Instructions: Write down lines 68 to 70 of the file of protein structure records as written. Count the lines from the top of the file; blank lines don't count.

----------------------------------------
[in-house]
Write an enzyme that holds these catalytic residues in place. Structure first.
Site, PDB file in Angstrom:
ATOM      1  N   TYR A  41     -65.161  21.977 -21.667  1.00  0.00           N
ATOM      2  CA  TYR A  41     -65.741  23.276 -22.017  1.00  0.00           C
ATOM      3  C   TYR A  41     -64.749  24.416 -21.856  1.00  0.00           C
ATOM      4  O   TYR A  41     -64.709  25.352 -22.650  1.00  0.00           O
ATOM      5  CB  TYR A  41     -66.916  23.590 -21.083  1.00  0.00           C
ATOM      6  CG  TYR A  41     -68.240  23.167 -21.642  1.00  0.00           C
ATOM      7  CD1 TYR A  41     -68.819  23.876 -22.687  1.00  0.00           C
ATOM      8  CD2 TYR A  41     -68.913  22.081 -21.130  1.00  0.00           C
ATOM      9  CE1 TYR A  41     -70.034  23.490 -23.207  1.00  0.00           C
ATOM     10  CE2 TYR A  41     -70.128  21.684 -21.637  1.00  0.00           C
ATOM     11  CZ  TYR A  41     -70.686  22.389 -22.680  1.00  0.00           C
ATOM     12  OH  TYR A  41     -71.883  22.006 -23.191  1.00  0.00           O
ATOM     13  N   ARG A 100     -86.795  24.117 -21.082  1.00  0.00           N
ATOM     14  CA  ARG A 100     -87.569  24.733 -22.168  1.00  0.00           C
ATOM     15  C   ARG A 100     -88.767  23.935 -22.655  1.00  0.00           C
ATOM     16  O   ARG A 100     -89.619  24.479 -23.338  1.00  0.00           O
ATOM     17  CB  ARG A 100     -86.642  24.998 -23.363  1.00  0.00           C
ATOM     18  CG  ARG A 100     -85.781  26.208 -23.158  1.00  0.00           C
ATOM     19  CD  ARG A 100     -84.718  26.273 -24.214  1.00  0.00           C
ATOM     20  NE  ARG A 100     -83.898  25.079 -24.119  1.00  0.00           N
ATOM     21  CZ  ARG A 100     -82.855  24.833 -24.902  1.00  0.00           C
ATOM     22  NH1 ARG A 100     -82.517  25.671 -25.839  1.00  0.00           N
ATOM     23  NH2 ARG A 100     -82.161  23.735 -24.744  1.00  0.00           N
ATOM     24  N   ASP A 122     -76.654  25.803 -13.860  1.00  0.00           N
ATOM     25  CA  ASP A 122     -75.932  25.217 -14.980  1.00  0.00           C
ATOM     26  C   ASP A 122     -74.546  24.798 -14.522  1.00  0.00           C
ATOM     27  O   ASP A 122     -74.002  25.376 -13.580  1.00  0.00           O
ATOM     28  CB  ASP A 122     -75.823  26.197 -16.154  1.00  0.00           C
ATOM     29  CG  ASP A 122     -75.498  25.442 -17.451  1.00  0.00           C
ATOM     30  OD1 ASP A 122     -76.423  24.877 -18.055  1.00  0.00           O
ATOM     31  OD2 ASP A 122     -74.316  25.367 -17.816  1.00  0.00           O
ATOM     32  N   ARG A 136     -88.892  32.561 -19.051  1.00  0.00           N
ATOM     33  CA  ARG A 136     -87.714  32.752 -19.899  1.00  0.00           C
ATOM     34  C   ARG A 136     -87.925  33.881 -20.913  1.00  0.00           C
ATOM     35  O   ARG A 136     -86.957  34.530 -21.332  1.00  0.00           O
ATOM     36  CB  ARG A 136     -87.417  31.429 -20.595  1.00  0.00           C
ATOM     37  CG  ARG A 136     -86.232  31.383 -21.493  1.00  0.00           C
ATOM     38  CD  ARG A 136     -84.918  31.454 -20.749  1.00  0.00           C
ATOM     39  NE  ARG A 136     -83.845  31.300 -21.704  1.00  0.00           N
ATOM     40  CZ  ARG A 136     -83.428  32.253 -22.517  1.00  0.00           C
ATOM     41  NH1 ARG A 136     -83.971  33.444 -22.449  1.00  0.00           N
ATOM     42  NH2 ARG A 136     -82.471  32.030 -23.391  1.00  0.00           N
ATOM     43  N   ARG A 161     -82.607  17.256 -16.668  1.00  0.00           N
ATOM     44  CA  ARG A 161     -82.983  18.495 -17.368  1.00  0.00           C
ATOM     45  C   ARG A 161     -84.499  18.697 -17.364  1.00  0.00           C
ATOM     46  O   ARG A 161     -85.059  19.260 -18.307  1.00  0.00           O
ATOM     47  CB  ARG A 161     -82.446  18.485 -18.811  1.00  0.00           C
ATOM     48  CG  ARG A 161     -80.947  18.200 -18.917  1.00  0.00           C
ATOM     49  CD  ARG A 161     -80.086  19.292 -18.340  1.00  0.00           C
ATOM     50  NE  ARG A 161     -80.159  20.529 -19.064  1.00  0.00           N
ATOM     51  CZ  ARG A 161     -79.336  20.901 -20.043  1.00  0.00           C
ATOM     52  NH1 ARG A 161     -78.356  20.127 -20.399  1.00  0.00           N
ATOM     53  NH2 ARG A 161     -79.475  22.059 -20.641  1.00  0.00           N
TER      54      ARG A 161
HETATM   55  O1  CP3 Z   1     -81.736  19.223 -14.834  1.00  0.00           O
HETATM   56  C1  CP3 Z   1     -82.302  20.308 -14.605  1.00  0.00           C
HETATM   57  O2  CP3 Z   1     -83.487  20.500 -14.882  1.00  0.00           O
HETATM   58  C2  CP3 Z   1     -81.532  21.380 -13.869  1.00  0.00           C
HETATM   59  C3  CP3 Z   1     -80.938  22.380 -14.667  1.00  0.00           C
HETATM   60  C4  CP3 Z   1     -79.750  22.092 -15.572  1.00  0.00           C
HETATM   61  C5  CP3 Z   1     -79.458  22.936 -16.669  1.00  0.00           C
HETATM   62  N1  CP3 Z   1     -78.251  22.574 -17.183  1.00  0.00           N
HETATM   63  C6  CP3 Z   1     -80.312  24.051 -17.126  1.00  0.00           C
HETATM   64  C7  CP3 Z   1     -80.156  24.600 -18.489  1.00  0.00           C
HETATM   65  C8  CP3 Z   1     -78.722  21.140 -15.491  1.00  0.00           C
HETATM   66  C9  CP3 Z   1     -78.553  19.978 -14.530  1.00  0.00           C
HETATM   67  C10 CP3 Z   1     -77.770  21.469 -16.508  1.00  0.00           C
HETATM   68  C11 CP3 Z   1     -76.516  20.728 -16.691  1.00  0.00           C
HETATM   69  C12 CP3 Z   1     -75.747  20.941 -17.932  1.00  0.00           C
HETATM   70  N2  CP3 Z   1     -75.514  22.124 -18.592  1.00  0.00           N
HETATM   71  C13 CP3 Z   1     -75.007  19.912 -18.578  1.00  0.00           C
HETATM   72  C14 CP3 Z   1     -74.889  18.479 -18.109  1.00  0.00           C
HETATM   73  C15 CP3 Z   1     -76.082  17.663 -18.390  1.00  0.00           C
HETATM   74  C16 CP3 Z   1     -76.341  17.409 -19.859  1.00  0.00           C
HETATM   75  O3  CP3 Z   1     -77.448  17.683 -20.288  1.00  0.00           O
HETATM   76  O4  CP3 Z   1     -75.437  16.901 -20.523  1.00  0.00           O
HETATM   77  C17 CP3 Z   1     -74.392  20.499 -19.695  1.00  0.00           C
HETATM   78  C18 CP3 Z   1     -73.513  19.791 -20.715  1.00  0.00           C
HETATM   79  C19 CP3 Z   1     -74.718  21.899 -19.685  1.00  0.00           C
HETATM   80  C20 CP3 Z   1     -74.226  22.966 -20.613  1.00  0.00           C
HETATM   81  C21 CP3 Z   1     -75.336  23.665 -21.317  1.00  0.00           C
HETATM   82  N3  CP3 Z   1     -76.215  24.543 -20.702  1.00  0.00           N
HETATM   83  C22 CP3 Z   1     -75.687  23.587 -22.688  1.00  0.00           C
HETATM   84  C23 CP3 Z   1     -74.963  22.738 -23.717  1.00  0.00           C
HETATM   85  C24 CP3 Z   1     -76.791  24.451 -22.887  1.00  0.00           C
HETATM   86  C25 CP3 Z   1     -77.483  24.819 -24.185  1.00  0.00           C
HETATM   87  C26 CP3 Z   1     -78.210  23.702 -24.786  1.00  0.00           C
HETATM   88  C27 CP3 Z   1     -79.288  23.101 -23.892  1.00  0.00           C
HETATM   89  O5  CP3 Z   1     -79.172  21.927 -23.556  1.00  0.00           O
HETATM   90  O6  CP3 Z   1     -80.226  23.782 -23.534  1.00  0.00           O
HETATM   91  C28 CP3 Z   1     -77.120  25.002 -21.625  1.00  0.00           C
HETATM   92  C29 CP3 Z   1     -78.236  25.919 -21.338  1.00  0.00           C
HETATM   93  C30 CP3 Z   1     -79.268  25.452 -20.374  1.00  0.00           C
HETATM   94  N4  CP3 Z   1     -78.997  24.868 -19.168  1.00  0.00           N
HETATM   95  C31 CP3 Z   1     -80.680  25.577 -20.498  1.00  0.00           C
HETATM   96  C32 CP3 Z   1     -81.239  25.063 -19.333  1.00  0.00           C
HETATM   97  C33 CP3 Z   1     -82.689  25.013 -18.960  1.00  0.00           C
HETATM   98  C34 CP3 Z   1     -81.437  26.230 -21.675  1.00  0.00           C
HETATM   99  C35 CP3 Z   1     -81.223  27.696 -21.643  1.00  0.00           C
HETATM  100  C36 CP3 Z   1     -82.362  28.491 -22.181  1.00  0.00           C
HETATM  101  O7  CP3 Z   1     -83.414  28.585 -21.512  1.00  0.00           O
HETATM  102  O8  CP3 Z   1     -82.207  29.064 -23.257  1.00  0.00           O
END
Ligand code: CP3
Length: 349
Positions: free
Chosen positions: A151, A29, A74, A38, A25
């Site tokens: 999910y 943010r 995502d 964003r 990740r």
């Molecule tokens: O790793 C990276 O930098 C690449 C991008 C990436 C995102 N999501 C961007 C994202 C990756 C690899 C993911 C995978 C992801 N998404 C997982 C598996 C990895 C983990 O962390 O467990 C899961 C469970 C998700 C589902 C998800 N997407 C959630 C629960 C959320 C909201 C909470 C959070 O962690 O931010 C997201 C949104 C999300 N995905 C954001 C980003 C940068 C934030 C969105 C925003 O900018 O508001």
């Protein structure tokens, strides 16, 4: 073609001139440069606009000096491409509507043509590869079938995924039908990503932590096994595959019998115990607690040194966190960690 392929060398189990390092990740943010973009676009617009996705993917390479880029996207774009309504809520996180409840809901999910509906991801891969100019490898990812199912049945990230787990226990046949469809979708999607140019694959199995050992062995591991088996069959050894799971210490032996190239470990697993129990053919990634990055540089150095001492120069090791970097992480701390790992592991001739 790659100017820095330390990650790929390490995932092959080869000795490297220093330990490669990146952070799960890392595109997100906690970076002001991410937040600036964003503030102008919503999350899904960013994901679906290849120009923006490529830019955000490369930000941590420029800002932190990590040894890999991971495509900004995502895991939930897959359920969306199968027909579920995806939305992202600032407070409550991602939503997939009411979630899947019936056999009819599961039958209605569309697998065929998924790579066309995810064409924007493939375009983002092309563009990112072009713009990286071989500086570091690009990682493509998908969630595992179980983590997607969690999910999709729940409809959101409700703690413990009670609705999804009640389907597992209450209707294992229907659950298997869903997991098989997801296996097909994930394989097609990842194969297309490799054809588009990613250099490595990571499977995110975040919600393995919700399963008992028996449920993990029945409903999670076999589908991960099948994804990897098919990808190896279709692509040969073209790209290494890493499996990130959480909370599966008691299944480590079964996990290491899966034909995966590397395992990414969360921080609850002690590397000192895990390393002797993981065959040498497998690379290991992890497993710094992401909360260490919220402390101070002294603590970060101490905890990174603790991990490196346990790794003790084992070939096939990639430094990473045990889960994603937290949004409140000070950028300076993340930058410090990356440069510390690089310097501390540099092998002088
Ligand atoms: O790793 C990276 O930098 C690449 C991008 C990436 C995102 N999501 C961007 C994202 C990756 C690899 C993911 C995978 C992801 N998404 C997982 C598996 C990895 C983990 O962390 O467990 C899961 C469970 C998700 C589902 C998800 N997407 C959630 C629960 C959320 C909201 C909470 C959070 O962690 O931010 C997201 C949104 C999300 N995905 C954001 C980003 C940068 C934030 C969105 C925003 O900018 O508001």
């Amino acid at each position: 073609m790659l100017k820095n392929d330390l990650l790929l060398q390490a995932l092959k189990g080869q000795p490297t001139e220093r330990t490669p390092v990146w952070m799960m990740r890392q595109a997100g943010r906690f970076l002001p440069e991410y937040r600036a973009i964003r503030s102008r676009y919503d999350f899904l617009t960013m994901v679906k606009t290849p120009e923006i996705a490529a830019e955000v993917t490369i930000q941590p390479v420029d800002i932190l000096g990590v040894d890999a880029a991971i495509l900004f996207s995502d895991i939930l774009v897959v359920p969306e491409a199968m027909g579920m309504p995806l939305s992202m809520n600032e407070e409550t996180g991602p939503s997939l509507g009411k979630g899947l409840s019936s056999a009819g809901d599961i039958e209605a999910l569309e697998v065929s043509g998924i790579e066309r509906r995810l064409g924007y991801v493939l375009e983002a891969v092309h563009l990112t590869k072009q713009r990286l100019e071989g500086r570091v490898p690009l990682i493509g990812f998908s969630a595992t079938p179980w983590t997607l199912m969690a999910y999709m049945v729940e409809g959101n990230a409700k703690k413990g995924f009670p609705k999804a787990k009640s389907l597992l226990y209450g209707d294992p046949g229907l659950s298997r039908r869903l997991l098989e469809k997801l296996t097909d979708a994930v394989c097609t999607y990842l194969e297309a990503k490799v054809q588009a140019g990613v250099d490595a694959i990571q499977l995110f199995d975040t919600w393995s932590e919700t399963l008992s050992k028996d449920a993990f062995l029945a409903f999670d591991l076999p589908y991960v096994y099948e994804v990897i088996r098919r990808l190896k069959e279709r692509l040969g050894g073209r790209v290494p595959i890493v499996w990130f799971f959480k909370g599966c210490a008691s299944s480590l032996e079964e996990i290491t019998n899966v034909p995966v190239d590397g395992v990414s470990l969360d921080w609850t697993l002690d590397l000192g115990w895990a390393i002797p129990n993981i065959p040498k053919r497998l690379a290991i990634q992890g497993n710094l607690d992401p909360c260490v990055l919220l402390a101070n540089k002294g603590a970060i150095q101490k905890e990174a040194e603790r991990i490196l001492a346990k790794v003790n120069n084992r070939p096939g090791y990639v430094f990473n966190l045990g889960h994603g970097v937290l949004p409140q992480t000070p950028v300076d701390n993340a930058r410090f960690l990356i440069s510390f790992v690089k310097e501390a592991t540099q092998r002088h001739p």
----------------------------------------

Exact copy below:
HETATM   65  C8  CP3 Z   1     -78.722  21.140 -15.491  1.00  0.00           C
HETATM   66  C9  CP3 Z   1     -78.553  19.978 -14.530  1.00  0.00           C
HETATM   67  C10 CP3 Z   1     -77.770  21.469 -16.508  1.00  0.00           C